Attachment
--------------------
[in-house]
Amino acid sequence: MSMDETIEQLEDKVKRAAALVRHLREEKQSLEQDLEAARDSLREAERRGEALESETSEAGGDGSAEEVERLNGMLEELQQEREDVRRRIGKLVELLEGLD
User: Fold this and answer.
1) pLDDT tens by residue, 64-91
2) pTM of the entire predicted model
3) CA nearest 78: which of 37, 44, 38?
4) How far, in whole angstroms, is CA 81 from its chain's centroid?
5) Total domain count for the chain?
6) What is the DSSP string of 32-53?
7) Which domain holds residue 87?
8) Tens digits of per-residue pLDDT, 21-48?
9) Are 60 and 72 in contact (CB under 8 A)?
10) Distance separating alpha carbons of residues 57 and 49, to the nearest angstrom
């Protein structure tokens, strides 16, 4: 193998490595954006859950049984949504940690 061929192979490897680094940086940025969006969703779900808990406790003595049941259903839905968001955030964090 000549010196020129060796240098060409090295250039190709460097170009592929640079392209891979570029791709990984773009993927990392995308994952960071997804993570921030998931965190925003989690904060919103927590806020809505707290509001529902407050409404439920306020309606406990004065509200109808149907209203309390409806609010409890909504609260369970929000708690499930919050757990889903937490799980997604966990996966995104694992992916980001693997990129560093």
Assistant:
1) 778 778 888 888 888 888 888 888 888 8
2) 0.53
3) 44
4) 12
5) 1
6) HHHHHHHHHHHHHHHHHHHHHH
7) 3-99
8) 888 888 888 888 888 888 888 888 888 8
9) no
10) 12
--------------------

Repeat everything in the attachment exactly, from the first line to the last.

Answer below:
[in-house]
Amino acid sequence: MSMDETIEQLEDKVKRAAALVRHLREEKQSLEQDLEAARDSLREAERRGEALESETSEAGGDGSAEEVERLNGMLEELQQEREDVRRRIGKLVELLEGLD
User: Fold this and answer.
1) pLDDT tens by residue, 64-91
2) pTM of the entire predicted model
3) CA nearest 78: which of 37, 44, 38?
4) How far, in whole angstroms, is CA 81 from its chain's centroid?
5) Total domain count for the chain?
6) What is the DSSP string of 32-53?
7) Which domain holds residue 87?
8) Tens digits of per-residue pLDDT, 21-48?
9) Are 60 and 72 in contact (CB under 8 A)?
10) Distance separating alpha carbons of residues 57 and 49, to the nearest angstrom
């Protein structure tokens, strides 16, 4: 193998490595954006859950049984949504940690 061929192979490897680094940086940025969006969703779900808990406790003595049941259903839905968001955030964090 000549010196020129060796240098060409090295250039190709460097170009592929640079392209891979570029791709990984773009993927990392995308994952960071997804993570921030998931965190925003989690904060919103927590806020809505707290509001529902407050409404439920306020309606406990004065509200109808149907209203309390409806609010409890909504609260369970929000708690499930919050757990889903937490799980997604966990996966995104694992992916980001693997990129560093």
Assistant:
1) 778 778 888 888 888 888 888 888 888 8
2) 0.53
3) 44
4) 12
5) 1
6) HHHHHHHHHHHHHHHHHHHHHH
7) 3-99
8) 888 888 888 888 888 888 888 888 888 8
9) no
10) 12